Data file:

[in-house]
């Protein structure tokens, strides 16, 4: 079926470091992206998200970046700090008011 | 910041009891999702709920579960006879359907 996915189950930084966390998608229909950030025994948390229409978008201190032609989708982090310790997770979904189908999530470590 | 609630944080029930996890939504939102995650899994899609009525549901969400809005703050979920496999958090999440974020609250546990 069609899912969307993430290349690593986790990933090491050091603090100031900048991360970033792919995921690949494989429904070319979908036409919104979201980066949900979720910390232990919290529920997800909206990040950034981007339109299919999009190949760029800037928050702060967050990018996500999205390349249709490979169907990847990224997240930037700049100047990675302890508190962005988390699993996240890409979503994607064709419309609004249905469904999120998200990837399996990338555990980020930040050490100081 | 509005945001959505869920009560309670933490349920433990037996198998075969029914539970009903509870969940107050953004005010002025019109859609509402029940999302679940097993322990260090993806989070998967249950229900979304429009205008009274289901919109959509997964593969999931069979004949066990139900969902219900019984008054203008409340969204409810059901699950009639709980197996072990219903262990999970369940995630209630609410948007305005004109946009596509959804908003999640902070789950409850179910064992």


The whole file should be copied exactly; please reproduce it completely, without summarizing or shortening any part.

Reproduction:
[in-house]
């Protein structure tokens, strides 16, 4: 079926470091992206998200970046700090008011 | 910041009891999702709920579960006879359907 996915189950930084966390998608229909950030025994948390229409978008201190032609989708982090310790997770979904189908999530470590 | 609630944080029930996890939504939102995650899994899609009525549901969400809005703050979920496999958090999440974020609250546990 069609899912969307993430290349690593986790990933090491050091603090100031900048991360970033792919995921690949494989429904070319979908036409919104979201980066949900979720910390232990919290529920997800909206990040950034981007339109299919999009190949760029800037928050702060967050990018996500999205390349249709490979169907990847990224997240930037700049100047990675302890508190962005988390699993996240890409979503994607064709419309609004249905469904999120998200990837399996990338555990980020930040050490100081 | 509005945001959505869920009560309670933490349920433990037996198998075969029914539970009903509870969940107050953004005010002025019109859609509402029940999302679940097993322990260090993806989070998967249950229900979304429009205008009274289901919109959509997964593969999931069979004949066990139900969902219900019984008054203008409340969204409810059901699950009639709980197996072990219903262990999970369940995630209630609410948007305005004109946009596509959804908003999640902070789950409850179910064992």